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Is any more info on the paraphyly of Xanthomixis available?

Thanks
Hi andrew147,

Nicholas L. Block, 2012:
Quote:
Based on the well-supported phylogeny, I recommend that Xanthomixis tenebrosa be moved to the genus Crossleyia, which would reflect its sister relationship with Crossleyia xanthophrys and render Xanthomixis monophyletic.
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Old Saturday 11th July 2015, 15:33   #10
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Hi andrew147,

Nicholas L. Block, 2012:
Wonderful, thanks!
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Old Sunday 12th July 2015, 05:38   #11
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TiF Update July 11

Block (2012) confirmed that Rand's Warbler belongs in the Bernieridae. The arrangement here is based on Block (2012), who shows that the Dusky Tetraka, formerly Xanthomixis tenebrosa, belongs in Crossleyia as Crossleyia tenebrosa. Block (2012) split Bernieria inceleber, which I'm calling Pale Bernieria, from Long-billed Bernieria, Bernieria madagascariensis. He also found evidence of another cryptic species in this complex, which is yet to be described.
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Old Sunday 12th July 2015, 18:26   #12
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TiF Update July 11
Block (2012) split Bernieria inceleber
Bernieria is feminine (Dickinson & Christidis 2014, A. P. Peterson 2015) contrary to Phyllastrephus - masculine, then the scientific name should Bernieria incelebris

IOC 5.2 and H&M4: Bernieria madagascariensis incelebris
Clements 6.9 and HBW: Bernieria madagascariensis inceleber
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Old Tuesday 18th August 2015, 10:24   #13
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Spectacled Tetraka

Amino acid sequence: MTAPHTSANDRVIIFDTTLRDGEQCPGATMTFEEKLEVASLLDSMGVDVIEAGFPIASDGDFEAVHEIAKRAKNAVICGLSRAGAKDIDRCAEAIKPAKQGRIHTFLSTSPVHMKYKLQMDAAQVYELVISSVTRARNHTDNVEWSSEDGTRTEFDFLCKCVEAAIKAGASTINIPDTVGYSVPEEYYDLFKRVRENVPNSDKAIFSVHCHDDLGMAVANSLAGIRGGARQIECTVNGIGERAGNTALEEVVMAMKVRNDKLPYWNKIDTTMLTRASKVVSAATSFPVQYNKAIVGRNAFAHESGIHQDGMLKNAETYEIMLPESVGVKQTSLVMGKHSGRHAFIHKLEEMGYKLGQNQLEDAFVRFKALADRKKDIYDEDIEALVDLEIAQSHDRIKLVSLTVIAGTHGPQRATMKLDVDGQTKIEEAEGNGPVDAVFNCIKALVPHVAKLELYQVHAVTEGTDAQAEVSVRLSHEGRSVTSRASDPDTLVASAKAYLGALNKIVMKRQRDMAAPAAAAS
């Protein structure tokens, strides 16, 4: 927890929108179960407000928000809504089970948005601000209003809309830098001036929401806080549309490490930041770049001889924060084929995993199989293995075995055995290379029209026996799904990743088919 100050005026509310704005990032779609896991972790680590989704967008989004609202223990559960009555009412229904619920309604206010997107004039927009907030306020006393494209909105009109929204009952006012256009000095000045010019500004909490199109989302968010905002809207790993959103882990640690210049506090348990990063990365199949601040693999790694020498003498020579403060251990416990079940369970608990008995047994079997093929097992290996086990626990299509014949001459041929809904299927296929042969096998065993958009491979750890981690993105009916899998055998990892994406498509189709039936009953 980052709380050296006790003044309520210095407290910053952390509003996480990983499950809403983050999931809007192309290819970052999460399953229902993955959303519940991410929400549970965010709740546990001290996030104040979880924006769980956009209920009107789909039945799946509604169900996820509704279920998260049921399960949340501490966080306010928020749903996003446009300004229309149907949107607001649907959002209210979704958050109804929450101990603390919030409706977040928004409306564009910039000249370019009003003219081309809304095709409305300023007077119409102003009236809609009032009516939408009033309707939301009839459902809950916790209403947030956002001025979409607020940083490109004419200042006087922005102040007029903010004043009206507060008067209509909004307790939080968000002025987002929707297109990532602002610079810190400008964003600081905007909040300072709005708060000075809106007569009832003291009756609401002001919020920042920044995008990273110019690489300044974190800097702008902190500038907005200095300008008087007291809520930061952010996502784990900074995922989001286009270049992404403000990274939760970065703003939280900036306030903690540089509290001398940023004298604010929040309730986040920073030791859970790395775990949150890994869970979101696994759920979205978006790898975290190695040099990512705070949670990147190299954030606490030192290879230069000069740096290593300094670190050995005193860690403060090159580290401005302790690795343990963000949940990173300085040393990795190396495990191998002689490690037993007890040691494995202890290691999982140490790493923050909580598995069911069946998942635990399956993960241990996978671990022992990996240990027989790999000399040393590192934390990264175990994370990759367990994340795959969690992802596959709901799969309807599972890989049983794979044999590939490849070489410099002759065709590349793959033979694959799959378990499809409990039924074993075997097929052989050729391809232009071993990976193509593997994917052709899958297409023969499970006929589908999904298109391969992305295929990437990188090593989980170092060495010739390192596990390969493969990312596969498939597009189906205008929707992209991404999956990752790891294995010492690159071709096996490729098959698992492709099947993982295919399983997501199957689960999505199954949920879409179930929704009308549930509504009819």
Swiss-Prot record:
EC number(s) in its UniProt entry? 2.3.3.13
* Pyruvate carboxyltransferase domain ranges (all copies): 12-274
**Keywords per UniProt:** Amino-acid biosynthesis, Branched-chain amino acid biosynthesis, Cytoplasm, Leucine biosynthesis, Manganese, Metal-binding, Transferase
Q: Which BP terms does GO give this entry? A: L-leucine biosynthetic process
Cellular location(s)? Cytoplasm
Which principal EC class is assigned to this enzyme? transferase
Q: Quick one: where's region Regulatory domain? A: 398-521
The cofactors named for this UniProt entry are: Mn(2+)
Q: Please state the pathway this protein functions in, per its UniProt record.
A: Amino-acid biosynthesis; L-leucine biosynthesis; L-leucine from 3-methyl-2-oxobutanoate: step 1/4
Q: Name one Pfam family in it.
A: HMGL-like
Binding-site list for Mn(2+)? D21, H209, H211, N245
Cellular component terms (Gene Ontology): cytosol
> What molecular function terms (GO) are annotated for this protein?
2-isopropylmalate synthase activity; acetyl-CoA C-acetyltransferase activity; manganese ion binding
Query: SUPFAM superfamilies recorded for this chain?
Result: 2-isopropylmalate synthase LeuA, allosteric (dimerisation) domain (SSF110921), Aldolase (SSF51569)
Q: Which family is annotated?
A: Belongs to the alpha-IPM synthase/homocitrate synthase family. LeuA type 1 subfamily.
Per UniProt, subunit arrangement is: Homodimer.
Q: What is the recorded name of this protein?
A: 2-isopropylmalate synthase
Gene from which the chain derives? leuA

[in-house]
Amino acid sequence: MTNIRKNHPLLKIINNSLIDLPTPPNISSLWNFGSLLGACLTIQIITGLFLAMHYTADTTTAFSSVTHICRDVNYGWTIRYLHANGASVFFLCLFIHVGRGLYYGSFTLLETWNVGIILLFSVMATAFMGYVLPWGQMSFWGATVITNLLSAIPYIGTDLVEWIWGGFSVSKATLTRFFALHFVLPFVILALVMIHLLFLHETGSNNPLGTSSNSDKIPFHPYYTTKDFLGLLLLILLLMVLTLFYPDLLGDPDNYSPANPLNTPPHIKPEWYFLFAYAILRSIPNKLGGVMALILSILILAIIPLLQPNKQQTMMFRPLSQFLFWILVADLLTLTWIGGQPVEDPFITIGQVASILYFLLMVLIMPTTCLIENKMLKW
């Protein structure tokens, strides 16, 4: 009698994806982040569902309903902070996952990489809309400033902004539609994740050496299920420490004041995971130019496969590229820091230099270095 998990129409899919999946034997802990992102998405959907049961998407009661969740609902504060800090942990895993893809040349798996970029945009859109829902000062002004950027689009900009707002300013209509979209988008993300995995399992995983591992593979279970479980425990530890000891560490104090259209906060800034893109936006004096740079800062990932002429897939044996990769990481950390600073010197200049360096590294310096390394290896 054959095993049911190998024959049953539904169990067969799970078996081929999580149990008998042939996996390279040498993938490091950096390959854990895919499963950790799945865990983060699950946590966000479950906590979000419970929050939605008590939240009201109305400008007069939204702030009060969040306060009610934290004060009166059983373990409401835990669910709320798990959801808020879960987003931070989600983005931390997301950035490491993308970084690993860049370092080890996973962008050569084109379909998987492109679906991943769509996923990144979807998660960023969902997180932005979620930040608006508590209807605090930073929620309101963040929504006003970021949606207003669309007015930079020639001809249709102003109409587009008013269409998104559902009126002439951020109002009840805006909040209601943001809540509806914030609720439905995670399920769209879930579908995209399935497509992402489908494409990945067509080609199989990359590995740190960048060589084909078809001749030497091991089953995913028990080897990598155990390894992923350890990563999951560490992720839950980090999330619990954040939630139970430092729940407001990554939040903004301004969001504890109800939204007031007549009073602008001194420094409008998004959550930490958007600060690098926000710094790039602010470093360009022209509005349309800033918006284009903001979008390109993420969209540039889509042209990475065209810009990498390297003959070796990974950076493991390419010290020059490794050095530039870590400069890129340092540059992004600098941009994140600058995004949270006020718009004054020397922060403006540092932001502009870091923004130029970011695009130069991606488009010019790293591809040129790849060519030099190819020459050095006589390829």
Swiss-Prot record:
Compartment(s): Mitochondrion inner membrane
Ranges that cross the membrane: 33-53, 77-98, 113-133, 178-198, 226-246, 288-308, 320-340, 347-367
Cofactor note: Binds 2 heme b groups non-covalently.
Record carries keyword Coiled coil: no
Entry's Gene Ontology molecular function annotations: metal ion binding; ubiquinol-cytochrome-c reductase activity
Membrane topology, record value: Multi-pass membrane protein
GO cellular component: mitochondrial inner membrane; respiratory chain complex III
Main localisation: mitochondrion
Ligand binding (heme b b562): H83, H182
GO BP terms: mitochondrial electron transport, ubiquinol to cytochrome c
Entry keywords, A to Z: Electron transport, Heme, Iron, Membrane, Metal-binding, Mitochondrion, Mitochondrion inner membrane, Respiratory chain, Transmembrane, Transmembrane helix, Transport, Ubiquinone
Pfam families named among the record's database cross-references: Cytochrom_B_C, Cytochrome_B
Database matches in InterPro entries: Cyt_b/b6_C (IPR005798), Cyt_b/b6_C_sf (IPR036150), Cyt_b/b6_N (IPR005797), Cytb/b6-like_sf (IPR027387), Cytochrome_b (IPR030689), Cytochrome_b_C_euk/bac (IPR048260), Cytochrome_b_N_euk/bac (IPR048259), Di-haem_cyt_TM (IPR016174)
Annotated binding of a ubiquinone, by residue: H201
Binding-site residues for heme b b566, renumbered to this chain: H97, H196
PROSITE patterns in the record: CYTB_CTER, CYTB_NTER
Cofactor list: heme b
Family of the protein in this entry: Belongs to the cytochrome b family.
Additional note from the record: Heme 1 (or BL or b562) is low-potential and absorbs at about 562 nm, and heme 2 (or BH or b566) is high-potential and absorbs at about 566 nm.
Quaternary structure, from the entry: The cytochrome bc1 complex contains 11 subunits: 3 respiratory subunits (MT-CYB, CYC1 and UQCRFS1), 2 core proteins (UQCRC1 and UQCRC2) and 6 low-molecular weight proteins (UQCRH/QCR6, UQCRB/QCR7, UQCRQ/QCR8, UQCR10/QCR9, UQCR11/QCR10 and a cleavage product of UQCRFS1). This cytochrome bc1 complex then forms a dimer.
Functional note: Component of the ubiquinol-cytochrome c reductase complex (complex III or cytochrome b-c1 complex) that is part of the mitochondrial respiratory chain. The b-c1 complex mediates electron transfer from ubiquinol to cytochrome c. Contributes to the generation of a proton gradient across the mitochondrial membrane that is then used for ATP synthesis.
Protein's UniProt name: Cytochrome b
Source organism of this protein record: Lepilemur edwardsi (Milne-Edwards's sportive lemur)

Block, Goodman, Hackett, Bates & Raherilalao (in press). Potential merger of ancient lineages in a passerine bird discovered based on evidence from host-specific ectoparasites. Ecol Evol. [abstract] [pdf]

Fishpool & Tobias 2005 (HBW 10).

Last edited by Richard Klim : Tuesday 18th August 2015 at 10:26. Reason: HBW.
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Old Saturday 22nd August 2015, 20:49   #14
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Block, N.L., S.G. Goodman, S.J. Hackett, J.M. Bates, and M.J. Raherilalao. A passerine cryptic species complex highlights the role of environmental gradients in diversification and biogeography in Madagascar. Submitted.
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Old Monday 26th October 2015, 20:57   #15
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Quote:
Originally Posted by Richard Klim View Post
Block, Goodman, Hackett, Bates & Raherilalao (in press). Potential merger of ancient lineages in a passerine bird discovered based on evidence from host-specific ectoparasites. Ecol Evol. [abstract] [pdf]

Fishpool & Tobias 2005 (HBW 10).
Mongabay
Mike Gaworecki: Scientists discover bird in Madagascar that evolved in reverse
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Old Wednesday 4th July 2018, 15:40   #16
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Bernieridae and Vangidae

J. Younger, J. D. Maddox, K. Wacker, C. Kyriazis, M. J. Raherilalao, S. M. Goodman, S. Reddy. Diversification of two endemic avian radiations in the biodiversity hotspot of Madagascar. IOC, Vancouver 2018, Oral Presentation.

Abstract: